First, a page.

Sector News

Celgene adds $1B-plus immuno-oncology deal, buyout option for Sutro

October 23, 2014
Life sciences
Close to two years after Celgene closed its first development deal with Sutro Biopharma, the prolific partnering machine at the big biotech has come back and taken an option on buying the company and its antibody-drug conjugates and bispecifics. And Celgene is expanding their collaboration to include immuno-oncology drugs, the hottest R&D field in biotech.
 
In the development deal South San Francisco-based Sutro gets $95 million upfront, which includes an equity stake, $90 million during the research stage and more than $1 billion in total, including potential milestones. The two companies will work on PD-1 and PD-L1 targets, an immensely promising field that is bringing an effective immune response to fight cancer for the first time. And out of the mix Sutro can retain certain commercial rights to its products–provided Celgene doesn’t go ahead and close the deal with a buyout under prespecified terms, which are being kept quiet for now.
 
Sutro’s team believes it has devised a much better way to build ADCs–those precise cancer cell-killing constructs made up of a targeting antibody, linker and payload–and bispecifics, teeing up potentially best-in-class products that promise to be more efficiently and consistently manufactured. Using biochemical synthesis, they’ve hatched a technology that can bypass the current approach to biologics by genetically engineering drugs that are much simpler to make, more akin to small molecules. Their technology, which can be deployed with multiple warheads, has not only attracted Celgene; Johnson & Johnson ($JNJ), Sanofi ($SNY) and Merck KGaA have all signed on as partners.
 
Sutro was a 2014 Fierce 15 company.
 
There are plenty of precedents now to demonstrate that checkpoint inhibitors from companies like Merck, Bristol-Myers Squibb and Roche can have a significant impact on overall survival, says Trevor Hallam, the CSO at Sutro. “The consensus is that’s a bit of a given now,” he says.
 
Sutro’s technology, he says, has the potential to quickly come up with candidates that can bind to–or avoid–multiple target sites on checkpoint pathways. That way next-gen combination therapies can both steer clear of “common and limiting side effects” while fine-tuning delivery and allowing investigators to safely amp up the dosage.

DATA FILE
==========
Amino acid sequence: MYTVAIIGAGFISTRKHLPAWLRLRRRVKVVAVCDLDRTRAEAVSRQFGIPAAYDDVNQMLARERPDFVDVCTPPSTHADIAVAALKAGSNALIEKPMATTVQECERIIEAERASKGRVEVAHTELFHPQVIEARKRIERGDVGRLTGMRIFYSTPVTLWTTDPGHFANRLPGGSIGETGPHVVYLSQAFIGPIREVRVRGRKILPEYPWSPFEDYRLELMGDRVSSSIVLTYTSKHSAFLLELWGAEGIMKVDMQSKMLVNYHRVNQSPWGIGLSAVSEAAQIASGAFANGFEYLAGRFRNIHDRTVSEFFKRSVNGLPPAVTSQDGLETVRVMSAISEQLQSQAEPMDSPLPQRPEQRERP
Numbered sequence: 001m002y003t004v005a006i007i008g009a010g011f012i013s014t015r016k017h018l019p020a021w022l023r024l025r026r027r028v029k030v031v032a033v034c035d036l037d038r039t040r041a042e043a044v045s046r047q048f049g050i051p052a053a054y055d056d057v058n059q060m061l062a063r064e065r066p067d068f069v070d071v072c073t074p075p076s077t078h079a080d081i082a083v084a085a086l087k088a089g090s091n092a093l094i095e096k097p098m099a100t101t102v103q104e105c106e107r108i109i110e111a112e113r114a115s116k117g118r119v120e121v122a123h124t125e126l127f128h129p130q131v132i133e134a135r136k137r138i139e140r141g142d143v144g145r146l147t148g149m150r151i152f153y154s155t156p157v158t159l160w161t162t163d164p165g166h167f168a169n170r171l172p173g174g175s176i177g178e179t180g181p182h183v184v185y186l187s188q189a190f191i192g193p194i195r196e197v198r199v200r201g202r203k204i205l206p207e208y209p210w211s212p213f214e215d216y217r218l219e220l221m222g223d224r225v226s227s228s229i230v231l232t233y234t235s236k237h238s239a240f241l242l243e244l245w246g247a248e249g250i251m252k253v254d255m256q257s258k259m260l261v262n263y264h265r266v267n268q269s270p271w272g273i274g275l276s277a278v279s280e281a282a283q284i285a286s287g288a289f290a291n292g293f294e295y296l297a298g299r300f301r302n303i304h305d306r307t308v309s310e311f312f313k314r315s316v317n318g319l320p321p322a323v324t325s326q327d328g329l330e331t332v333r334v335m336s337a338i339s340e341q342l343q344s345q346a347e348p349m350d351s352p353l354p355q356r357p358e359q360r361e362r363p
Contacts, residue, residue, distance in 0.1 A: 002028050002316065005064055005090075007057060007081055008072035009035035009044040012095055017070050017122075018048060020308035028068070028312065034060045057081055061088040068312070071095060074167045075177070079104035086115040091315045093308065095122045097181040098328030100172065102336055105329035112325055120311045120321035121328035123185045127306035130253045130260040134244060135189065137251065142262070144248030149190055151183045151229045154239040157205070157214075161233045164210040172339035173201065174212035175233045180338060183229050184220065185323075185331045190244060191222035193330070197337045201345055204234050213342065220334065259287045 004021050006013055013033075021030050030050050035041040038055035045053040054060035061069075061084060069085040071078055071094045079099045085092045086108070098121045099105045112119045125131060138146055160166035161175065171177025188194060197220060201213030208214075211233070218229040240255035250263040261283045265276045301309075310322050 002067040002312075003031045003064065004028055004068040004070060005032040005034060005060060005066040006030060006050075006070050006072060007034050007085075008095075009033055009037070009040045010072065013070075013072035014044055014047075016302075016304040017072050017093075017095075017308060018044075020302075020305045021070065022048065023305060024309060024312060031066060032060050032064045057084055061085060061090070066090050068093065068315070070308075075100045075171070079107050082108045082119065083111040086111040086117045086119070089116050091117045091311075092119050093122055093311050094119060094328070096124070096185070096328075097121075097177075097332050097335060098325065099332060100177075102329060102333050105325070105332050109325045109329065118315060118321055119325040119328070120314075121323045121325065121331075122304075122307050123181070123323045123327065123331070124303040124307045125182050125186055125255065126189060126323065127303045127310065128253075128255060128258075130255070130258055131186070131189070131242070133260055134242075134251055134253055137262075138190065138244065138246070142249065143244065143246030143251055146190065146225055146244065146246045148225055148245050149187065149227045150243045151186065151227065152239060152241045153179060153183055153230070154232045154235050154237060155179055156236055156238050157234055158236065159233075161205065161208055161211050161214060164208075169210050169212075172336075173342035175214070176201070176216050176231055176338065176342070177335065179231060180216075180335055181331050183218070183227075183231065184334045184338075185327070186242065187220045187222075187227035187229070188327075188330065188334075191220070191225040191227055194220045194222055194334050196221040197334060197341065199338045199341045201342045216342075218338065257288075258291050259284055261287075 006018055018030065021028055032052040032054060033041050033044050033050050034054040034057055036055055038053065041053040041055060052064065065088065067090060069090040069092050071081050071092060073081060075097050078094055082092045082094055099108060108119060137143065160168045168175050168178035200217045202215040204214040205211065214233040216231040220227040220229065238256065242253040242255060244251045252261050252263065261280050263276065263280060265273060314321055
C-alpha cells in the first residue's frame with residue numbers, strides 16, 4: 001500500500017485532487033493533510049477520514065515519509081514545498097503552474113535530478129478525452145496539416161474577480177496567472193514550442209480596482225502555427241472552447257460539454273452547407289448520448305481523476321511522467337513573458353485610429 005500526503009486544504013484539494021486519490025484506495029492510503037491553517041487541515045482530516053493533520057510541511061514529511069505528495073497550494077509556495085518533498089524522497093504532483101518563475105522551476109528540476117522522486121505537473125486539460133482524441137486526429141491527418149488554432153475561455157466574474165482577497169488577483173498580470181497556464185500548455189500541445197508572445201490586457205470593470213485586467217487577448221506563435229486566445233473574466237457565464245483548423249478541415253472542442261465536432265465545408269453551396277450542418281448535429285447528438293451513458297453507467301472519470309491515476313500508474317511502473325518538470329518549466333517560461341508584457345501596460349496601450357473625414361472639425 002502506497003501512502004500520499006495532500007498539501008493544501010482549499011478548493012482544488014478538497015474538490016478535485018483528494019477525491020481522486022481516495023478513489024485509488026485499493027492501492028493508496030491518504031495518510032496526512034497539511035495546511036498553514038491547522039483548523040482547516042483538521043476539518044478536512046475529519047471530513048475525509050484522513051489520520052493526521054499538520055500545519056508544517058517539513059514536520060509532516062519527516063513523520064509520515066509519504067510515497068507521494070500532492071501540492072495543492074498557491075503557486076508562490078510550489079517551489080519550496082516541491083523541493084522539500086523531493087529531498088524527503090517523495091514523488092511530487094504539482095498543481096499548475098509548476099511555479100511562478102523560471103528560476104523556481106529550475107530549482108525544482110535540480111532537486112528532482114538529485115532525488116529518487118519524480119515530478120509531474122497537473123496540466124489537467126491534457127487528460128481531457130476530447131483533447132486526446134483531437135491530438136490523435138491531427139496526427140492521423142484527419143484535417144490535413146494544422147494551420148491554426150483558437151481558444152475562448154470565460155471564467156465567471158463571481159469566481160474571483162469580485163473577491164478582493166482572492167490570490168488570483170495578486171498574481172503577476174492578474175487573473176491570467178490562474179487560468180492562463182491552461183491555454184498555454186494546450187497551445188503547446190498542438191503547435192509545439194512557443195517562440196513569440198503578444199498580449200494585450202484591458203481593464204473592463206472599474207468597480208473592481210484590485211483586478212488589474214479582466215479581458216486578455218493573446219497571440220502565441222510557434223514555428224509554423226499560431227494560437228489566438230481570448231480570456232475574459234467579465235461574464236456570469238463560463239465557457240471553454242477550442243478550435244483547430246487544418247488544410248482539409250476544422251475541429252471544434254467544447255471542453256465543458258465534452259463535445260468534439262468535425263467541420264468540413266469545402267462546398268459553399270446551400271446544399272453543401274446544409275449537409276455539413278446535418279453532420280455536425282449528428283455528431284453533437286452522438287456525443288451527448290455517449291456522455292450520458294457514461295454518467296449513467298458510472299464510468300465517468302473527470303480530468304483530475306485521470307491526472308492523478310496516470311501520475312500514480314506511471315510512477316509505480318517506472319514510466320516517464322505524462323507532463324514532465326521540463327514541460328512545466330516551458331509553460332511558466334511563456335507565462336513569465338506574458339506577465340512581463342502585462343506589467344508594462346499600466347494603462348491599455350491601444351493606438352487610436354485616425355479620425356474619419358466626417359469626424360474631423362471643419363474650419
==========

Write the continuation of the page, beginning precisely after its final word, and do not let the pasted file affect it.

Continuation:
“It’s really an important deal for our company,” says CEO Bill Newell. Sutro now has 70 staffers and will continue to grow over the next 18 months as these new Celgene programs are brought online and it pursues its own in-house products as well as a collaboration with Merck KGaA.
 
Over the past few years Celgene’s partnering group under George Golumbeski has been scouring the global industry to partner or buy the most interesting new technologies in the field, particularly zeroing in on a number of cancer programs, including a CAR-T partnership it has with bluebird bio. CEO Bob Hugin has made partnering and M&A a top priority at the company, determined to diversify the company’s portfolio while gambling billions of dollars on the outcome. And whatever they have learned about Sutro in the past two years has only whetted their appetite.
 
“Substantive progress and unique advantages of Sutro’s platform have led us to expand and extend our relationship, as a key capability supporting our emerging immuno-oncology pipeline,” says Celgene R&D chief Tom Daniel in a statement. “We see this collaboration as a unique opportunity to accelerate the evaluation and development of important products in this and other strategic areas of high potential impact. Sutro has been a strong partner expanding a potentially disruptive technology, and we look forward to building on the existing collaboration.”
 
By John Carroll
 

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